Editor’s Note: The Soldier Studies web site (http://www.soldierstudies.org) collects and publishes letters written during the Civil War. Owner/editor Chris Wehner was kind enough to grant me written permission to publish a selection of letters from his site which focus on the Siege of Petersburg. Look for letters to appear here during the 150th anniversary of the Siege of Petersburg and beyond. These letters may not be reused without the express written consent of Chris Wehner. All rights reserved.
We are still quiet. Nothing is going on except the continual fighting of the skirmishers, which amount to little more than a waste of powder and lead, although a man gets killed or wounded occasionally. The Yankees are keeping very quiet since the thrashing they received recently at this place and in front of Richmond1. They will be apt to keep quiet now for some time — possibly for the remainder of the winter. We are having rain. It fell all night and continues to-day. Billie’s big coat came just in time for this cold spell of weather. He is as fat as a bear. The health of our troops is excellent and the spirit of the army is as fine as can be.
We shall know in a few days who is elected President of the United States. In my opinion Old Abraham will come in again, and I believe it would be best for us. McClellan might have the Union restored, if elected. I should prefer to remain at war for the rest of my life rather than to have any connection with the Yankees again.
You ask me to see Captain Pifer. I will do so if I happen to be near where he is again. He is now on the other (north) side of the James River with General Lee.
A man by the name of Simeon Werts is going home to-day on sick furlough for thirty days, and I shall send this letter to you by him. I shall also send my father some smoking tobacco, which We have been drawing monthly as part of our rations, and I shall send Dr. Clark some rolls of blistering ointment which we captured from the Yankees at Chancellorsville. I have more of it than I could use in two years. He has been very kind to you and I wish I had something more I could send him.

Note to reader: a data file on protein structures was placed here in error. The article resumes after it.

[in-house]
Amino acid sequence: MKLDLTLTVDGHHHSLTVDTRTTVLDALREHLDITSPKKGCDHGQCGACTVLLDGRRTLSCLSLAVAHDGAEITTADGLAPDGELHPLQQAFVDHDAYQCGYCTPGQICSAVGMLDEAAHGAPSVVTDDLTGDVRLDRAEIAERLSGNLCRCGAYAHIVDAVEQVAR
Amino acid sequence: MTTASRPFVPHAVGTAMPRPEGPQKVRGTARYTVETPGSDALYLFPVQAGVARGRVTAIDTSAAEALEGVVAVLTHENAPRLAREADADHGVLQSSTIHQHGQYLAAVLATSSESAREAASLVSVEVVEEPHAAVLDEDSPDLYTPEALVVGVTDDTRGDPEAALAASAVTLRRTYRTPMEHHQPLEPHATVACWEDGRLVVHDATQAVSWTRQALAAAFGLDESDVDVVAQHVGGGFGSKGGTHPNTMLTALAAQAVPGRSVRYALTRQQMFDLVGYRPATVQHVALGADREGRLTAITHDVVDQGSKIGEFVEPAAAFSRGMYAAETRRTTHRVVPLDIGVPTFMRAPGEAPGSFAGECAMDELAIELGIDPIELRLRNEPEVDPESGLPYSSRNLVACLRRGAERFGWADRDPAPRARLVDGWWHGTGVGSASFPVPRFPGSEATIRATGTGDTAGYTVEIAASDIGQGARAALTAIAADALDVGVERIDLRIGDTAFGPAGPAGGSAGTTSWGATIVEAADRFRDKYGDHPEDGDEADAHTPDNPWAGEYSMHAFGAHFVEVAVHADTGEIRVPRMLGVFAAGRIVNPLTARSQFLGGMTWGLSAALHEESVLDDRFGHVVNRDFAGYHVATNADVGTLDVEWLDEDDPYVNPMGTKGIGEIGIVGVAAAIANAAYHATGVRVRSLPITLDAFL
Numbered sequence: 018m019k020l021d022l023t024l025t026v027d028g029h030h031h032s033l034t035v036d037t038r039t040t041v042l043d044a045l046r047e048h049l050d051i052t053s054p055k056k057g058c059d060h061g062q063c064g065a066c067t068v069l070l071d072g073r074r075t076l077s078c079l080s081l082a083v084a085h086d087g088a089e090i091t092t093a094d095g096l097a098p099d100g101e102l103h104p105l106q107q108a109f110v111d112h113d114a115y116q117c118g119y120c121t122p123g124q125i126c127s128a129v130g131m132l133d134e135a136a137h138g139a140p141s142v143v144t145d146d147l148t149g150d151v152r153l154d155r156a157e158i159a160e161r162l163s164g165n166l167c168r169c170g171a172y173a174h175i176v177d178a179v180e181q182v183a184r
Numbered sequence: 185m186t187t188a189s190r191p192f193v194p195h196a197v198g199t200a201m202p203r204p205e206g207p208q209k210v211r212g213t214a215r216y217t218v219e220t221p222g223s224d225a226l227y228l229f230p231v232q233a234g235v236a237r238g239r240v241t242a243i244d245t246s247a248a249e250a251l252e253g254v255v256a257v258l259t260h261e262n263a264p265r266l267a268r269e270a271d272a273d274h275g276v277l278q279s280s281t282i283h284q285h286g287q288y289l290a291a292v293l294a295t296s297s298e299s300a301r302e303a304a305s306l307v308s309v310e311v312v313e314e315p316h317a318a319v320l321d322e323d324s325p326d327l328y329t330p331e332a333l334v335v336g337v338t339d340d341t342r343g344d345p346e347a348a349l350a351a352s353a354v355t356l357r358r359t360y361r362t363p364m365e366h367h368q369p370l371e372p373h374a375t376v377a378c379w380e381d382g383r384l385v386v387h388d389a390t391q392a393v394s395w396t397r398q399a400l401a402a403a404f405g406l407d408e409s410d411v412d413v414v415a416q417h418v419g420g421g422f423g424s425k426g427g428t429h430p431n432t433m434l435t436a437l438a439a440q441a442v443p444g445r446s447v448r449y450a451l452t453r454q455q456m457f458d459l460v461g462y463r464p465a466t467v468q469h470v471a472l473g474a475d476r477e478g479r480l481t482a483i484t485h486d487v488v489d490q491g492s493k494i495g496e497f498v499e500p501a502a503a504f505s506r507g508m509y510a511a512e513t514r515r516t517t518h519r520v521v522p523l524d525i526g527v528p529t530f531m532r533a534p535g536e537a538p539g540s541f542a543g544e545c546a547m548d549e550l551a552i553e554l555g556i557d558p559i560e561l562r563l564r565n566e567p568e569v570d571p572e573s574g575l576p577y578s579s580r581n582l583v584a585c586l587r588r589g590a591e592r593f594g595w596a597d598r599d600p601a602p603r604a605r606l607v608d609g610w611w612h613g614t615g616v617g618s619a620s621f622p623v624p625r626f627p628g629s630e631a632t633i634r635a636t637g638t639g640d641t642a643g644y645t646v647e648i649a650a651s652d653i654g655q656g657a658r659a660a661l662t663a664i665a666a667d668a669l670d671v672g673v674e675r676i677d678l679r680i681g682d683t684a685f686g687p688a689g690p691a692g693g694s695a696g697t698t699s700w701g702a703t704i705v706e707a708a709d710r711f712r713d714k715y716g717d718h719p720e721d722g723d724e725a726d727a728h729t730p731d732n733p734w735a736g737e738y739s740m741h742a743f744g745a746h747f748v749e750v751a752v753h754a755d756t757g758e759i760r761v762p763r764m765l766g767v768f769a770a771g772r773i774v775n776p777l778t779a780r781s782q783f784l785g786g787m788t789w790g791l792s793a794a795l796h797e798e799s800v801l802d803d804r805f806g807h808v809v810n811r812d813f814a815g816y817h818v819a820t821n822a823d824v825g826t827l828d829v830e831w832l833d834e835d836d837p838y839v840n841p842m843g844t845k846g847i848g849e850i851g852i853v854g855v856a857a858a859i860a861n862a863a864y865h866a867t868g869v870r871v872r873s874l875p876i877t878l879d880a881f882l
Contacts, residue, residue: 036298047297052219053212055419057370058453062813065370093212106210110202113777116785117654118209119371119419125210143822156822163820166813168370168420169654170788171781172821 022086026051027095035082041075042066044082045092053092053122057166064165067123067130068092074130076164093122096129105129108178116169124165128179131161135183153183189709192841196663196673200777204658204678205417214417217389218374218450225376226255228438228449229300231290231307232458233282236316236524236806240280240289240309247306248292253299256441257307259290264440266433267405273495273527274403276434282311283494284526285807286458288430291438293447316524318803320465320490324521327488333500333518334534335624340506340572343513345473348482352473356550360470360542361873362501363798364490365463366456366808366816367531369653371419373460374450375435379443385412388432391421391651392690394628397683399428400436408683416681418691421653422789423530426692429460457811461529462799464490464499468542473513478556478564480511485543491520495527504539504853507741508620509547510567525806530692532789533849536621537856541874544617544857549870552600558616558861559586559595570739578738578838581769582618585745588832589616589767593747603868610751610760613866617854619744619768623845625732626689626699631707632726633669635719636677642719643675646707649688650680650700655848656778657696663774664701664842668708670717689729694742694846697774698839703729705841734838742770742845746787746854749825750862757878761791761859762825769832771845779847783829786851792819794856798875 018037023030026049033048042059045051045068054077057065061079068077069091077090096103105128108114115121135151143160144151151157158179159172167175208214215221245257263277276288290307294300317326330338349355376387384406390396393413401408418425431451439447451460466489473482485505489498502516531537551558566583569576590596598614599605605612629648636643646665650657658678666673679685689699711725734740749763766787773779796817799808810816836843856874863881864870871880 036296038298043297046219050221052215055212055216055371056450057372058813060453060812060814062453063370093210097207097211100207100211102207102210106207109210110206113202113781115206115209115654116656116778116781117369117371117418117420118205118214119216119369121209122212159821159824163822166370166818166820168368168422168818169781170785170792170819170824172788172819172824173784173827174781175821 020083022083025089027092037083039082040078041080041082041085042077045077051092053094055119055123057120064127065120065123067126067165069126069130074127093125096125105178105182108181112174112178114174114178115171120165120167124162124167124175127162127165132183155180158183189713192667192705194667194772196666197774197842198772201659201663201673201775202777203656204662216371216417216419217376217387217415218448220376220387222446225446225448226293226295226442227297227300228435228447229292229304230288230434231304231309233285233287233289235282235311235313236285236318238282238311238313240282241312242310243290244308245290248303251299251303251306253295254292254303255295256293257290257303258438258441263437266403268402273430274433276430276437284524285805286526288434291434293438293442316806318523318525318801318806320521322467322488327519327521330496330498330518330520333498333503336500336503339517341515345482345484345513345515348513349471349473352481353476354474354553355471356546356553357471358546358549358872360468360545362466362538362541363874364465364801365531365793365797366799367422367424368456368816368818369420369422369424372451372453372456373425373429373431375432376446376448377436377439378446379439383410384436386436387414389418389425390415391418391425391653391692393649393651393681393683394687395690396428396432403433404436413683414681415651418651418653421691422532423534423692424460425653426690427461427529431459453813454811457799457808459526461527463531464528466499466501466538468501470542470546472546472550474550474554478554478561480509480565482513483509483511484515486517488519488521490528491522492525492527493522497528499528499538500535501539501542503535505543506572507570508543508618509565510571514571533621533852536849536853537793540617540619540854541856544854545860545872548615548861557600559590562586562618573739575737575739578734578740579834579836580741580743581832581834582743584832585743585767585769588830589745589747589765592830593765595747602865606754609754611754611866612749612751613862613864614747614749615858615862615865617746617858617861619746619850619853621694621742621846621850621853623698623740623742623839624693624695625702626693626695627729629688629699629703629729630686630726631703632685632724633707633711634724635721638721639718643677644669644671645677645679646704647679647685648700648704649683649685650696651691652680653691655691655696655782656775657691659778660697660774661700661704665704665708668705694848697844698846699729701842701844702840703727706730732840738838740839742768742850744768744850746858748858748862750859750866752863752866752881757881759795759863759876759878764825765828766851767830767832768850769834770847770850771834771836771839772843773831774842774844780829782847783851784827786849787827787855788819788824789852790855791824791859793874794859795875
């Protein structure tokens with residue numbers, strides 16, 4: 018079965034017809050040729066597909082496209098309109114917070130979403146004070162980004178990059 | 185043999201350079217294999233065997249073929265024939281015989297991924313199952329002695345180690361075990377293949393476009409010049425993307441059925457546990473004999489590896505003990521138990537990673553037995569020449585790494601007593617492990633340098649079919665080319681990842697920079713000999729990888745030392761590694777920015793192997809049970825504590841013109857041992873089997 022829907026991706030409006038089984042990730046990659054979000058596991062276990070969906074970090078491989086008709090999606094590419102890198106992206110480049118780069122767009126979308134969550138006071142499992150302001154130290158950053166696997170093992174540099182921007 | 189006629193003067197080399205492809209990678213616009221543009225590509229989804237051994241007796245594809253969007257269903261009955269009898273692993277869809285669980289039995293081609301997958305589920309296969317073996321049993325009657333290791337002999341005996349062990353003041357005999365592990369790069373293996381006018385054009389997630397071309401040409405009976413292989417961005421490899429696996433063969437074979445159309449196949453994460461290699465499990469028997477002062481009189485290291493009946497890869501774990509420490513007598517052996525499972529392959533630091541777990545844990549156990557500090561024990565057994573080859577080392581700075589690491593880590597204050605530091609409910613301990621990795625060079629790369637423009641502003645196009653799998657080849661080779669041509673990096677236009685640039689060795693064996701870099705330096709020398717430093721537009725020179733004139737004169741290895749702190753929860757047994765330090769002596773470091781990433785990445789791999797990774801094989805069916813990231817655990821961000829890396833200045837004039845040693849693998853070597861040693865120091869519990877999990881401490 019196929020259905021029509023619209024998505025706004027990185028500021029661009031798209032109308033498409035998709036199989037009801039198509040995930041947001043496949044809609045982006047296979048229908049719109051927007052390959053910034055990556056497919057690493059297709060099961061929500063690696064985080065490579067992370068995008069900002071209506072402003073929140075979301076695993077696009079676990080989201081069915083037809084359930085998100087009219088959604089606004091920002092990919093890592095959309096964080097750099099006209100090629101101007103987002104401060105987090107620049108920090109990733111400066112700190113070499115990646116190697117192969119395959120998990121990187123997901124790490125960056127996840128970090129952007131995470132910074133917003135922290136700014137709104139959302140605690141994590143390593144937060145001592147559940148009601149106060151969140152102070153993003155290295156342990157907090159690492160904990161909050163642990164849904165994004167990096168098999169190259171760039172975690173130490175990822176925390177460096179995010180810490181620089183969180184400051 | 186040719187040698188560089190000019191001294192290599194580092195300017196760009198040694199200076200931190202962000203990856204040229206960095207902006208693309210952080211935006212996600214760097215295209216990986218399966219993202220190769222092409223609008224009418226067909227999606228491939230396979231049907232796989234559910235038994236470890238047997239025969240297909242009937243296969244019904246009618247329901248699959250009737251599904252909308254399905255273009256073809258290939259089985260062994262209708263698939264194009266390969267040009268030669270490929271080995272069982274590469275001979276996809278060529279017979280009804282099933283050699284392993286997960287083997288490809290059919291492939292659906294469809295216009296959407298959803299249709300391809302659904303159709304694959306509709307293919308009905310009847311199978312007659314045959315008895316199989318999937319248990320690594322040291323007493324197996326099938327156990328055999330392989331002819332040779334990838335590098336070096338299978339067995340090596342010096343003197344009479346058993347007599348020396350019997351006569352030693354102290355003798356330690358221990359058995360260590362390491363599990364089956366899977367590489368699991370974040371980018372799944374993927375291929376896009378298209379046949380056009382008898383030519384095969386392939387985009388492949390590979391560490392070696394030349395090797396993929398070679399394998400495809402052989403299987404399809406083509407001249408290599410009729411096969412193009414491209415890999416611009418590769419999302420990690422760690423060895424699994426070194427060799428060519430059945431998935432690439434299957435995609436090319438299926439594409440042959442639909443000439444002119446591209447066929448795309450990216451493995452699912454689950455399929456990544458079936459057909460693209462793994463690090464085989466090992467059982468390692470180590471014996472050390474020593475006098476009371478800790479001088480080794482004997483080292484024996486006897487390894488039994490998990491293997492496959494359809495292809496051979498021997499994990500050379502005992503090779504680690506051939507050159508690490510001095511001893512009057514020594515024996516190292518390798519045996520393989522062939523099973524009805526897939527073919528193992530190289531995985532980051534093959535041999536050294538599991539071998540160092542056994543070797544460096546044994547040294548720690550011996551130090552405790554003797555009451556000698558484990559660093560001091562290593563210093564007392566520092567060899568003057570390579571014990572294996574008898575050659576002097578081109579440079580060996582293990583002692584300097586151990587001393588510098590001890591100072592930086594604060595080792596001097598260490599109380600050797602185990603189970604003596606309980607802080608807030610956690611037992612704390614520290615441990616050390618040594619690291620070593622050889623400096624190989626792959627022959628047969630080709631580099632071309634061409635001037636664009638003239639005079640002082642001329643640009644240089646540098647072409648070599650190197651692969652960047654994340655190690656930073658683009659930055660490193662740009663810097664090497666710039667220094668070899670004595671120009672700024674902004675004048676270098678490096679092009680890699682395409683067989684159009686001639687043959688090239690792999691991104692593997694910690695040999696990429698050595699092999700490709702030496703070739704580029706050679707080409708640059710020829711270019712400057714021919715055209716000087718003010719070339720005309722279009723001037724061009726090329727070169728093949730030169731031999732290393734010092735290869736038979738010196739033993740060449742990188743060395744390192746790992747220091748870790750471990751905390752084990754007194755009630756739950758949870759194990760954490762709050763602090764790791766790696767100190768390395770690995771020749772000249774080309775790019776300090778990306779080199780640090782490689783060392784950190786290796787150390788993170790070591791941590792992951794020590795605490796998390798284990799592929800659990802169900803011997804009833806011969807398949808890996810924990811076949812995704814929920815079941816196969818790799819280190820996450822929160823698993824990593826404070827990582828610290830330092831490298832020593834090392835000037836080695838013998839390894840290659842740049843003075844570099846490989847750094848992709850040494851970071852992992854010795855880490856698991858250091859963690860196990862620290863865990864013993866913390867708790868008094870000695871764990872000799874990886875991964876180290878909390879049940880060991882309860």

Our box of provisions from home still holds out, and if you will hurry up and come on, we may have some of it left when you arrive. I have just finished my breakfast, which consisted of hash, potatoes, biscuit, molasses and coffee. I do not mind the war as long as I can have plenty to eat and comfortable quarters. Your brother is very anxious for you to come out, and I believe you will enjoy it here this winter. It is most unfortunate that we have been able to see so little of each other during the four years of our married life.2
- SOPO Editor’s Note: Welch is talking about the twin battles fought during the Sixth Offensive, on October 27-27, 1864. The Battle of Boydton Plank Road was fought southwest of Petersburg and the Battle of Fair Oaks and Darbytown Road was fought southeast of Richmond. ↩
- Welch, Spencer G. “No title.” Letter to “?” 3 Nov. 1864. MS. Near Petersburg, Va. This letter appears here due to the express written consent of Chris Wehner, owner of SoldierStudies.org and may not be used without his permission. All rights reserved. ↩
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